The U.S. National Science Foundation (NSF) has recently reported that two research teams have developed a new porous foam of an alloy that changes shape when exposed to a magnetic field. The NSF states that this new material is able to remember its original shape after it's been deformed by a physical or magnetic force. This polycrystalline nickel-manganese-gallium alloy is potentially cheaper and lighter than other materials currently used in devices ranging from sonar to precision valves. It also could be used to design biomedical pumps without moving parts and even for space applications and automobiles.
You can see above an example of such a magnetic shape-memory foam. The "new material is full of voids (dark) between thin, curvy 'struts.' A magnetic field causes small single crystals along the struts to change length, which alters the macroscopic dimensions of the whole sample." (Credit: David Dunand and Peter Müllner, via Physical Review Focus)
This new class of materials known as "magnetic shape-memory foams" has been developed by two research teams headed by Peter Müllner at Boise State University and David Dunand at Northwestern University. Dunand was helped by Yuttanant Boonyongmaneerat (a.k.a. Vee), a member of his research group working on Nickel-Based Foams (scroll down to the section "Magnetic Shape-Memory Ni-Mn-Ga Foams").
Here are some details from the NSF news release. "The foam consists of a nickel-manganese-gallium alloy whose structure resembles a piece of Swiss cheese with small voids of space between thin, curvy 'struts' of material. The struts have a bamboo-like grain structure that can lengthen, or strain, up to 10 percent when a magnetic field is applied. Strain is the degree to which a material deforms under load. In this instance, the force came from a magnetic field rather a physical load. Force from magnetic fields can be exerted over long range, making them advantageous for many applications. The alloy material retains its new shape when the field is turned off, but the magnetically sensitive atomic structure returns to its original structure if the field is rotated 90 degrees -- a phenomenon called "magnetic shape-memory."
For more information, this research work has been published in Physical Review Letters under the title "Increasing magnetoplasticity in polycrystalline Ni-Mn-Ga by reducing internal constraints through porosity" (Volume 99, Number 24, Article 247201, December 14, 2007 issue). Here is a link to the the abstract. "Foams with 55% and 76% open porosity were produced from a Ni-Mn-Ga magnetic shape-memory alloy by replication casting. These polycrystalline martensitic foams display a fully reversible magnetic-field-induced strain of up to 0.115% without bias stress, which is about 50 times larger than nonporous, fine-grained Ni-Mn-Ga. This very large improvement is attributed to the bamboolike structure of grains in the foam struts which, due to reduced internal constraints, deform by magnetic-field-induced twinning more easily than equiaxed grains in nonporous Ni-Mn-Ga."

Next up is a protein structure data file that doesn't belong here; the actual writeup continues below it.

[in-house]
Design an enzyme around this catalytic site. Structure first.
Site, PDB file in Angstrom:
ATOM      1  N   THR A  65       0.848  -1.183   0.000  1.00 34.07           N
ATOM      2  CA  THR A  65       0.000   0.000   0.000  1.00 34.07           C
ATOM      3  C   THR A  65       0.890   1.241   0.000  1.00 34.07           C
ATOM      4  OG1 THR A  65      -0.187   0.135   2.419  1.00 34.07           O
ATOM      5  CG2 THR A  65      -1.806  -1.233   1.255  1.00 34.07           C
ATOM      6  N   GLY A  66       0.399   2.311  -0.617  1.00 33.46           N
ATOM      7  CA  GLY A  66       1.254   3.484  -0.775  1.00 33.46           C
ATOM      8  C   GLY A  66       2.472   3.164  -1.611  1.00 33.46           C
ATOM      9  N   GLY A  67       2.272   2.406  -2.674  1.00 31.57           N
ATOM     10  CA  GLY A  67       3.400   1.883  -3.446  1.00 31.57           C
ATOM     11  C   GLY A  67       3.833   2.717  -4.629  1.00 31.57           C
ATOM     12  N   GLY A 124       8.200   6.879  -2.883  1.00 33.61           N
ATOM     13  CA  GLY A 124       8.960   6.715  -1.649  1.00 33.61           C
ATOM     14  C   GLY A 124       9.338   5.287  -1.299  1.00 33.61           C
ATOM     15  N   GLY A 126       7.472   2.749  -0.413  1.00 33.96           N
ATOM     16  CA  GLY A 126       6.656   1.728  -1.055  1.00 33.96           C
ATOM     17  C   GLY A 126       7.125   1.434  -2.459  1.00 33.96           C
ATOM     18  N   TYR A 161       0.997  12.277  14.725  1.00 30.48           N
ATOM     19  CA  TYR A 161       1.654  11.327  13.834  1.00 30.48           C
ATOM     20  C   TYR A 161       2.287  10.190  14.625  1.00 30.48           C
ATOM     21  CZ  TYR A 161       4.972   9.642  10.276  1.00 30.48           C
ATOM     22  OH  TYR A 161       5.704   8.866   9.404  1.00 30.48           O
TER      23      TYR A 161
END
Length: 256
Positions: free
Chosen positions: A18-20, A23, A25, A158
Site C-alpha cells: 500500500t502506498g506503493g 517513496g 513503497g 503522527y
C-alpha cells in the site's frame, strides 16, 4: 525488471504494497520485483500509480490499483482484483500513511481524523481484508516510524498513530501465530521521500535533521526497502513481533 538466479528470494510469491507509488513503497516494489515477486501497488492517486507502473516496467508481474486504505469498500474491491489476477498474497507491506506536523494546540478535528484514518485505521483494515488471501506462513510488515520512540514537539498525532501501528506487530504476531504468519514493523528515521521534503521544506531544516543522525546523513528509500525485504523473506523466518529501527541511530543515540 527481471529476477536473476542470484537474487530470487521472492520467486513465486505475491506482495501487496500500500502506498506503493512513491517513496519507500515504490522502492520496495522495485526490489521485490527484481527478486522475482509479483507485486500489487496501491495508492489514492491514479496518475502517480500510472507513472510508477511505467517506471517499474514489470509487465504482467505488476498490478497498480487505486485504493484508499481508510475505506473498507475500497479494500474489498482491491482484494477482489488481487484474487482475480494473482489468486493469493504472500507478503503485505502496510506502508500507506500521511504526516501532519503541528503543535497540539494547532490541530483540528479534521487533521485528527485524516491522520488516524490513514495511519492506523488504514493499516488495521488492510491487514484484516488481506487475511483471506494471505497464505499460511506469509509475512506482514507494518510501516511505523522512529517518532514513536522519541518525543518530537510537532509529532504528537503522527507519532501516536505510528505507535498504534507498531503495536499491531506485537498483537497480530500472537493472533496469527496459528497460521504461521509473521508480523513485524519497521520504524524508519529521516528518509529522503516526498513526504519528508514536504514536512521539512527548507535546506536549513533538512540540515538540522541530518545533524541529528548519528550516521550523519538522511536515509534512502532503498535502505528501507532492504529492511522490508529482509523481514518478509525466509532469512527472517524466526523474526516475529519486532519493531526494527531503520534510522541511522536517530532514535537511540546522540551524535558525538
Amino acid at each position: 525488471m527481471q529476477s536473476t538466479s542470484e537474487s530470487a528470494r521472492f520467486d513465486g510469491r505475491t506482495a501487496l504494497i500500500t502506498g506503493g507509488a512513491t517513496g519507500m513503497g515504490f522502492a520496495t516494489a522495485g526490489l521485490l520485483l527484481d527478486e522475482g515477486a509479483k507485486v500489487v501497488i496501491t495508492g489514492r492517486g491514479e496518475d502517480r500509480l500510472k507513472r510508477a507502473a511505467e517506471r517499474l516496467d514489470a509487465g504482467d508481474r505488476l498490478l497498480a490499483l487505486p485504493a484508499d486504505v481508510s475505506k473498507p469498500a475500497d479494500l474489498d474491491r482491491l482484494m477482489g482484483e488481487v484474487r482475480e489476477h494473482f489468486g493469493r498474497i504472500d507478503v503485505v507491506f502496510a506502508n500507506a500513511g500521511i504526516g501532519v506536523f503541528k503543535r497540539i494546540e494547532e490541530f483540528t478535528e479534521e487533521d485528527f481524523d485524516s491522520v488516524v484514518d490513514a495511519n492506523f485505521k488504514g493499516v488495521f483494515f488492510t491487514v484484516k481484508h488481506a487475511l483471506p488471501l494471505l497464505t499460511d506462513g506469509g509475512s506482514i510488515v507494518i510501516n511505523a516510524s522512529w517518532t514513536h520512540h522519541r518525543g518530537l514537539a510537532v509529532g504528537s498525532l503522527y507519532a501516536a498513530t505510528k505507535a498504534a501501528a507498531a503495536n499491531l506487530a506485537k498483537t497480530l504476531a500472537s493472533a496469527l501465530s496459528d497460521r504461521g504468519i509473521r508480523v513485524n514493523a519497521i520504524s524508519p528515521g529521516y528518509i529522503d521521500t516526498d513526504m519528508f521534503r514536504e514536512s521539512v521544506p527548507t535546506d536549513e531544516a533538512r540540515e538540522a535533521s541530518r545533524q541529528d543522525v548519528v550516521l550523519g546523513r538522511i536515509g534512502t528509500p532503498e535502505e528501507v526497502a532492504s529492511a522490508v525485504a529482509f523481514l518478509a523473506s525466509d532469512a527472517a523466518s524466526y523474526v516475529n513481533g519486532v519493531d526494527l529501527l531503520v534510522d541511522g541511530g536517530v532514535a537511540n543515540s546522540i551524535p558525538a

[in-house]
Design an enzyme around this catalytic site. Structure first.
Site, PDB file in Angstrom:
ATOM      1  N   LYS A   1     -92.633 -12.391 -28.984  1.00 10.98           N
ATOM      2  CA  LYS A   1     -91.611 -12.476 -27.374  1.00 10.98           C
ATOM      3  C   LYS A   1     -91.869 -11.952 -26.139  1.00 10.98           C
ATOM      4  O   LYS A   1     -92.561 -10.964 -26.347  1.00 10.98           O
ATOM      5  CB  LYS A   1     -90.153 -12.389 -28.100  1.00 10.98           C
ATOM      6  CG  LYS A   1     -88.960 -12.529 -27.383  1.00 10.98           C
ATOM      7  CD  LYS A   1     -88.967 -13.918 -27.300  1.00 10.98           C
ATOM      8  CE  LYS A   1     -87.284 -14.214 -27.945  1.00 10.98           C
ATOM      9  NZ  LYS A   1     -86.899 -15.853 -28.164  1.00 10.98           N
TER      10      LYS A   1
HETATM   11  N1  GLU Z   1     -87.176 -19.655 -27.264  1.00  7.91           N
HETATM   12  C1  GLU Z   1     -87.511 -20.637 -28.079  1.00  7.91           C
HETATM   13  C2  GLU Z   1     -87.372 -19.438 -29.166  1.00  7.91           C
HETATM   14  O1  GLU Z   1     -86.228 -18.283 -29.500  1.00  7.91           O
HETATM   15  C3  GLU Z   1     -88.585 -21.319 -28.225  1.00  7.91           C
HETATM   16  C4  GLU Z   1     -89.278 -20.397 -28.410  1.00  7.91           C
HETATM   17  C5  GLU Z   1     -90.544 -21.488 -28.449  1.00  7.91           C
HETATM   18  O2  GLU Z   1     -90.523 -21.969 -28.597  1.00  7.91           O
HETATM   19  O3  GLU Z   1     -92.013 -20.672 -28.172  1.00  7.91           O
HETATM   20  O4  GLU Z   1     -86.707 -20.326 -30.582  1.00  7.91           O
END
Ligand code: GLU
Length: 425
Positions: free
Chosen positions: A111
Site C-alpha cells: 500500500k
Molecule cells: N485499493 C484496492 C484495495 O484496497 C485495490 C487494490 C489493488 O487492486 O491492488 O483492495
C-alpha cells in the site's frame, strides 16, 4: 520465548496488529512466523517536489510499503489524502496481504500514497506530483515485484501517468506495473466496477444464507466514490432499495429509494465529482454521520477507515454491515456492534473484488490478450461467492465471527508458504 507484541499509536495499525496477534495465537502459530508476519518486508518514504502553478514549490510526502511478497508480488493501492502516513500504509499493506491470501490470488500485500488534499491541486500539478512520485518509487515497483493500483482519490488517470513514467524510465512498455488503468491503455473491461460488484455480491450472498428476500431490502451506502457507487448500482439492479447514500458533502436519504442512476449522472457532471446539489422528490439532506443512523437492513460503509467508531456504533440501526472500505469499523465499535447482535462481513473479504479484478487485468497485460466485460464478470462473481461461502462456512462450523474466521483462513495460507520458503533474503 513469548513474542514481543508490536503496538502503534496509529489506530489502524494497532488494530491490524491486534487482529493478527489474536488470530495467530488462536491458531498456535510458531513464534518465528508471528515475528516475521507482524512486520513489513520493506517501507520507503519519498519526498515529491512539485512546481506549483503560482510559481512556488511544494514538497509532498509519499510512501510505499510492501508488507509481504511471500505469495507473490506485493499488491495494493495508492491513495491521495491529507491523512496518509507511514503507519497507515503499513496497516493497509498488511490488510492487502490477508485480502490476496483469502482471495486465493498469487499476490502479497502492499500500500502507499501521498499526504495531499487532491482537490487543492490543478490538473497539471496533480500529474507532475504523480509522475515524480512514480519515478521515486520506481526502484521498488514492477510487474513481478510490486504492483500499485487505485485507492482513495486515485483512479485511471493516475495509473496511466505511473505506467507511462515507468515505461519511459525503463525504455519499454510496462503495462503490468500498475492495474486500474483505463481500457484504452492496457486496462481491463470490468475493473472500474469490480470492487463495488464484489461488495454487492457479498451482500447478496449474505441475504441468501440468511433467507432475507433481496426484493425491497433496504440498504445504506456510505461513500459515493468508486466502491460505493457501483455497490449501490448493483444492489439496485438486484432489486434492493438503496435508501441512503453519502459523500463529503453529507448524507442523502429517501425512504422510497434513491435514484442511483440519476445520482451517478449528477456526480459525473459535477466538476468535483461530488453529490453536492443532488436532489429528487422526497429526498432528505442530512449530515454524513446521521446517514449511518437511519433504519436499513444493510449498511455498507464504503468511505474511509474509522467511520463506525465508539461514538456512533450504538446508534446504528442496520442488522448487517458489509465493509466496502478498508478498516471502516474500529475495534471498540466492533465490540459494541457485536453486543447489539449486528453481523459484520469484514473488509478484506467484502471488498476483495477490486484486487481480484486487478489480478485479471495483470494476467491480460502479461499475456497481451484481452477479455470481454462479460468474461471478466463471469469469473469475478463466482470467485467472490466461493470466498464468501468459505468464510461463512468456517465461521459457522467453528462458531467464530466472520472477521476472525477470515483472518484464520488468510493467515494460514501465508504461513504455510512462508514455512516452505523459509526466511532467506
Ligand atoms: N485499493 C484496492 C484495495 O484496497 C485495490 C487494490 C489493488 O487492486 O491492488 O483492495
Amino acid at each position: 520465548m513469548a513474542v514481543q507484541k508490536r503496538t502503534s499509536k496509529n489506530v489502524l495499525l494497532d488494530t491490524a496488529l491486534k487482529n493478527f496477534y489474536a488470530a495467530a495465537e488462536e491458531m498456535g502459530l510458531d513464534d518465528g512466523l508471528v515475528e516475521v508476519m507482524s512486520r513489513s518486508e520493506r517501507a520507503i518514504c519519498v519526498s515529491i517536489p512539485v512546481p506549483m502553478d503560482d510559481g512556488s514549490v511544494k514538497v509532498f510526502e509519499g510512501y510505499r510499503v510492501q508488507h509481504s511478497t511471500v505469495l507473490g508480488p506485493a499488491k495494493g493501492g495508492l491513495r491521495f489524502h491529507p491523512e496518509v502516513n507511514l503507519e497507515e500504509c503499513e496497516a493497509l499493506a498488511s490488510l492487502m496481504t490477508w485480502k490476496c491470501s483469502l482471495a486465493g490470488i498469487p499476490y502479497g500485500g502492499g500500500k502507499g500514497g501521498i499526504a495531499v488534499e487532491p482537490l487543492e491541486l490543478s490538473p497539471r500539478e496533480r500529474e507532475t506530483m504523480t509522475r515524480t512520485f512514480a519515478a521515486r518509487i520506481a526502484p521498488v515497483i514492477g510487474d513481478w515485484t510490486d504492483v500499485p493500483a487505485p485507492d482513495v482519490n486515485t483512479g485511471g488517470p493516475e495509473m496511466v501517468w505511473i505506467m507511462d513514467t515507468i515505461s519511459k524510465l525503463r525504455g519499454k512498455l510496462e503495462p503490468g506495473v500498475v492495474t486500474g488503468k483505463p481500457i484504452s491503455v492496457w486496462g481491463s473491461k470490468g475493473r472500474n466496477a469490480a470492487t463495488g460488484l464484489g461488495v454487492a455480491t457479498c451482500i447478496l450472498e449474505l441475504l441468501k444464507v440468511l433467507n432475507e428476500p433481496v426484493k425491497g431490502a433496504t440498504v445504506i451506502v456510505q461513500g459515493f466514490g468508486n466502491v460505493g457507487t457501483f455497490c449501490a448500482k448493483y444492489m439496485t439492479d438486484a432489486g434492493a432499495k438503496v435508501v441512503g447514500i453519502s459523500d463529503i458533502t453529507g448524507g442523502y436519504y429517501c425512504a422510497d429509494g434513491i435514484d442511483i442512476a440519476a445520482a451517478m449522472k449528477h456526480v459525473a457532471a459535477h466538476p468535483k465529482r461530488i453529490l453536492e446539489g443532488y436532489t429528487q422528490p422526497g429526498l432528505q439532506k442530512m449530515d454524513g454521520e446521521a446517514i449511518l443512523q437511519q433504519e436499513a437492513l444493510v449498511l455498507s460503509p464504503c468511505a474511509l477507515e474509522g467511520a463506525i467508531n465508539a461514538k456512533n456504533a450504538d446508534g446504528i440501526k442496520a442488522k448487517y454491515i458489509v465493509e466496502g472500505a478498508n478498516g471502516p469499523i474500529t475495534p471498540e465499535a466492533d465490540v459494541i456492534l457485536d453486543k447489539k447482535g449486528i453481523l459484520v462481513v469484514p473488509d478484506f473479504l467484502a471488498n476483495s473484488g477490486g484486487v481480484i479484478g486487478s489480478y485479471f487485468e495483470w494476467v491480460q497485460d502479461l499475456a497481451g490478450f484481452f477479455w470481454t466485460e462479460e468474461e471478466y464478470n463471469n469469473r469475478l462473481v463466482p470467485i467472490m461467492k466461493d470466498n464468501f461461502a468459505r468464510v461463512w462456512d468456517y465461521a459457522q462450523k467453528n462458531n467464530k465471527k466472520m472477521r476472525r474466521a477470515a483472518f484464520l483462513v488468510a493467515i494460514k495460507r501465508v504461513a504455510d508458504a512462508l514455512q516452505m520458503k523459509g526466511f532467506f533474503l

You'll find additional details by reading a Physical Review Focus article, "Stretching More with Pores" (Michael Schirber, December 5, 2007), which features several animations. Here is an excerpt about how these new materials work. "Imagine a two-dimensional crystal lattice made of parallelograms all 'leaning' to the left, but above a certain horizontal line -- called a twin boundary -- the parallelograms all lean to the right. This alternate leaning may repeat, with several layers of 'twins' above the first pair, forming a zigzag pattern. Each parallelogram has a magnetic moment, like a tiny bar magnet, pointing parallel to the tilted sides. A magnetic field aligned with the right-leaning parallelograms switches the left-leaning ones into right-leaning and straightens out the zigzags, which lengthens the crystal along the new direction of alignment.
And here is the conclusion of the article. "Vladimir Chernenko, of the Institute for Energetics and Interfaces in Lecco, Italy, believes this technological achievement--the first foam to exhibit magnetic shape memory -- has great potential. "With further improvement of architecture, the performance can be increased," Chernenko says. The authors will need to verify other mechanical properties of their material, but he thinks its large strain and small weight might make it useful for space-born applications."
Sources: National Science Foundation (NSF) news release, December 18, 2007; and various websites
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